Hooked on Bluegrass

Bill Clifton



I grew up near the city of Baltimore Maryland on a little farm in Baltimore County. During World War II, 1941-1943 when I was a teenager, there were lot of people that came from depressed areas of southwest Virginia, eastern Kentucky, western North Carolina and settled in Baltimore. The people that came to Baltimore often brought their own instruments, played music, and wanted other people to come and play with them. So living in the Baltimore area gave me an opportunity to go hear a lot of live music concerts and programs.

I had the special opportunity to meet people like Uncle Dave Macon, Sam and Kirk McGee, and Lou Childrey and String Bean. This was back before very many people knew who they were. This was because they came with people like Roy Accuff, Red Foley, Hank Williams, and others. Well, I would go to see “the star”, but then I would get there and find String Bean and Lou Childrey…..Well, they were the stars. Lou Childrey was one of the most wonderful entertainers you ever heard.

I got interested in a wide spectrum of the music that was not bluegrass. In those days it was called “hillbilly music”, and encompassed everything. All the radio stations back then played it all. As things developed, music changed, and Elvis came on the scene, there was a different attitude about what music was, and the radio stations started to drop anything that was acoustic music all together. So we never got to hear bluegrass or old time music on local radio after about 1954/55.

But I always played acoustic music. When I first started recording, I recorded with Blue Ridge Records, and I had a wonderful tenor singer with me named Johnny Clark, who also played five string banjo, Scruggs style. Had he played old time or frailing style, I would have had him anyway because he was such a great tenor singer. Actually, I would have probably preferred to have him play old time banjo, but he played Scruggs style when practically no one else did. When I met him in 1950 there was a handful, maybe only a half dozen people that could play that three finger Scruggs style. Because we were playing together, he was playing Scruggs style, and our group included a mandolin, fiddle, and bass, we became known as bluegrass. But I never considered myself bluegrass because I often added autoharp or old time banjo, and I would pick lead guitar. As poorly as I played lead guitar, I loved to do it, and played lead guitar all the time. That was a no-no in bluegrass. Nobody played lead guitar. Bill Monroe said nobody plays lead guitar in bluegrass, and that guitar is a rhythm instrument. But anyway, somehow I got thrown into the bluegrass bin, and that’s where I am.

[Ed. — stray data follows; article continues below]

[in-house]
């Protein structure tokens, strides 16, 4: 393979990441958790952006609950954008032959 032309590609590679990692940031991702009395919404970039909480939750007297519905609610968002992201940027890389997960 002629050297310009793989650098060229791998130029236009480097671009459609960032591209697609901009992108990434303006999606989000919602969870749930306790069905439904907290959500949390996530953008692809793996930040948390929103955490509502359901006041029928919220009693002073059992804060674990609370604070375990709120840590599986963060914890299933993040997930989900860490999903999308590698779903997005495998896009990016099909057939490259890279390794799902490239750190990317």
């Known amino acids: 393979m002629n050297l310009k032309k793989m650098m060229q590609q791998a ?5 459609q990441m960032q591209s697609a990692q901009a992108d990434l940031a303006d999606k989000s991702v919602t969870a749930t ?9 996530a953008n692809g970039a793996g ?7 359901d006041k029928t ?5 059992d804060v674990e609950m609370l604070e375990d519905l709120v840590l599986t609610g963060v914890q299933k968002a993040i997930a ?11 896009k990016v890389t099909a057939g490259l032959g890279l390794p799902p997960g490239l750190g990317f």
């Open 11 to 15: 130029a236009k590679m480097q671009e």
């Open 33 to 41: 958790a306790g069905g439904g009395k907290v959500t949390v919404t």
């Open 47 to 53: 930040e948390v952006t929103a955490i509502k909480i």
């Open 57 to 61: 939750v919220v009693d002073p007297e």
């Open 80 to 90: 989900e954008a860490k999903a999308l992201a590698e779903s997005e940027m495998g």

When I first got a guitar, I got a book with it that said you’ll need something called a plectra…. So I told the store owner, “Well I guess you better give me one of those then!” I would have played like Maybelle Carter with a thumb pick, but by the time I met Maybelle it was too late to switch over.

(posted 11/11/2009)


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